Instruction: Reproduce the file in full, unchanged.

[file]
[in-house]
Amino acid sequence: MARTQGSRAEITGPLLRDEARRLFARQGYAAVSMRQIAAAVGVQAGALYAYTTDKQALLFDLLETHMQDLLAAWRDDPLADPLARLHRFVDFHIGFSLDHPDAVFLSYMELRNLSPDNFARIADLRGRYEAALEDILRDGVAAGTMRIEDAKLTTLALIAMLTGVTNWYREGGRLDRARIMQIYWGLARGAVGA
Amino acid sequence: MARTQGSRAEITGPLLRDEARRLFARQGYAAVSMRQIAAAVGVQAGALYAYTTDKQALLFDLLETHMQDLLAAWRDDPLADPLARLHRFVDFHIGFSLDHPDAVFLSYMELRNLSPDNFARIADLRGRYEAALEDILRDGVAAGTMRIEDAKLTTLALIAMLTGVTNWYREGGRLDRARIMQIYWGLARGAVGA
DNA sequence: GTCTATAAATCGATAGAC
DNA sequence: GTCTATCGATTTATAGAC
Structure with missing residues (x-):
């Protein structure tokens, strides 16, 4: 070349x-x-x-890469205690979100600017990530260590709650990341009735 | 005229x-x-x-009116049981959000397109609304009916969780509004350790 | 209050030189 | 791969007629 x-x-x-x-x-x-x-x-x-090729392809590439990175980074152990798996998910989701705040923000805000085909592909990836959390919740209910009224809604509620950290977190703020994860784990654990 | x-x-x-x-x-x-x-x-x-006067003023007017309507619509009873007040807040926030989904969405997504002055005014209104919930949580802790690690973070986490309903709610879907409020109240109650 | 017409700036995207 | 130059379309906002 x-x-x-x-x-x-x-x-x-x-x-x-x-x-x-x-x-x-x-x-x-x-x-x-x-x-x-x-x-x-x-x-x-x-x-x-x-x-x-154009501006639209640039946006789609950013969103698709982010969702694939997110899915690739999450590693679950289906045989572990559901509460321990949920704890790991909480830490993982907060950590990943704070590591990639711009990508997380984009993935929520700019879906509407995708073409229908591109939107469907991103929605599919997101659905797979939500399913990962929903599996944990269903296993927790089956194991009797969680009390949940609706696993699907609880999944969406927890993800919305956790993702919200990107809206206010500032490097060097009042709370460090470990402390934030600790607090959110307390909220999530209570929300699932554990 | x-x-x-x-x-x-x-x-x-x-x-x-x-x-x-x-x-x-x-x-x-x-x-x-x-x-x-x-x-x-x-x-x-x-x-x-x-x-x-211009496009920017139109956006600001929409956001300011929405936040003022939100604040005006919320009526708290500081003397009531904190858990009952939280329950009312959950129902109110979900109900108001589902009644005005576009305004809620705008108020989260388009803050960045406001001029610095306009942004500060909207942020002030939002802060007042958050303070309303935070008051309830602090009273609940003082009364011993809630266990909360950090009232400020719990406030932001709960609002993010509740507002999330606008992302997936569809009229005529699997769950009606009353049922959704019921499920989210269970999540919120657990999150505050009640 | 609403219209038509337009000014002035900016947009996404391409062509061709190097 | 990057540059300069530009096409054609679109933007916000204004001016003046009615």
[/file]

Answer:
[in-house]
Amino acid sequence: MARTQGSRAEITGPLLRDEARRLFARQGYAAVSMRQIAAAVGVQAGALYAYTTDKQALLFDLLETHMQDLLAAWRDDPLADPLARLHRFVDFHIGFSLDHPDAVFLSYMELRNLSPDNFARIADLRGRYEAALEDILRDGVAAGTMRIEDAKLTTLALIAMLTGVTNWYREGGRLDRARIMQIYWGLARGAVGA
Amino acid sequence: MARTQGSRAEITGPLLRDEARRLFARQGYAAVSMRQIAAAVGVQAGALYAYTTDKQALLFDLLETHMQDLLAAWRDDPLADPLARLHRFVDFHIGFSLDHPDAVFLSYMELRNLSPDNFARIADLRGRYEAALEDILRDGVAAGTMRIEDAKLTTLALIAMLTGVTNWYREGGRLDRARIMQIYWGLARGAVGA
DNA sequence: GTCTATAAATCGATAGAC
DNA sequence: GTCTATCGATTTATAGAC
Structure with missing residues (x-):
């Protein structure tokens, strides 16, 4: 070349x-x-x-890469205690979100600017990530260590709650990341009735 | 005229x-x-x-009116049981959000397109609304009916969780509004350790 | 209050030189 | 791969007629 x-x-x-x-x-x-x-x-x-090729392809590439990175980074152990798996998910989701705040923000805000085909592909990836959390919740209910009224809604509620950290977190703020994860784990654990 | x-x-x-x-x-x-x-x-x-006067003023007017309507619509009873007040807040926030989904969405997504002055005014209104919930949580802790690690973070986490309903709610879907409020109240109650 | 017409700036995207 | 130059379309906002 x-x-x-x-x-x-x-x-x-x-x-x-x-x-x-x-x-x-x-x-x-x-x-x-x-x-x-x-x-x-x-x-x-x-x-x-x-x-x-154009501006639209640039946006789609950013969103698709982010969702694939997110899915690739999450590693679950289906045989572990559901509460321990949920704890790991909480830490993982907060950590990943704070590591990639711009990508997380984009993935929520700019879906509407995708073409229908591109939107469907991103929605599919997101659905797979939500399913990962929903599996944990269903296993927790089956194991009797969680009390949940609706696993699907609880999944969406927890993800919305956790993702919200990107809206206010500032490097060097009042709370460090470990402390934030600790607090959110307390909220999530209570929300699932554990 | x-x-x-x-x-x-x-x-x-x-x-x-x-x-x-x-x-x-x-x-x-x-x-x-x-x-x-x-x-x-x-x-x-x-x-x-x-x-x-211009496009920017139109956006600001929409956001300011929405936040003022939100604040005006919320009526708290500081003397009531904190858990009952939280329950009312959950129902109110979900109900108001589902009644005005576009305004809620705008108020989260388009803050960045406001001029610095306009942004500060909207942020002030939002802060007042958050303070309303935070008051309830602090009273609940003082009364011993809630266990909360950090009232400020719990406030932001709960609002993010509740507002999330606008992302997936569809009229005529699997769950009606009353049922959704019921499920989210269970999540919120657990999150505050009640 | 609403219209038509337009000014002035900016947009996404391409062509061709190097 | 990057540059300069530009096409054609679109933007916000204004001016003046009615």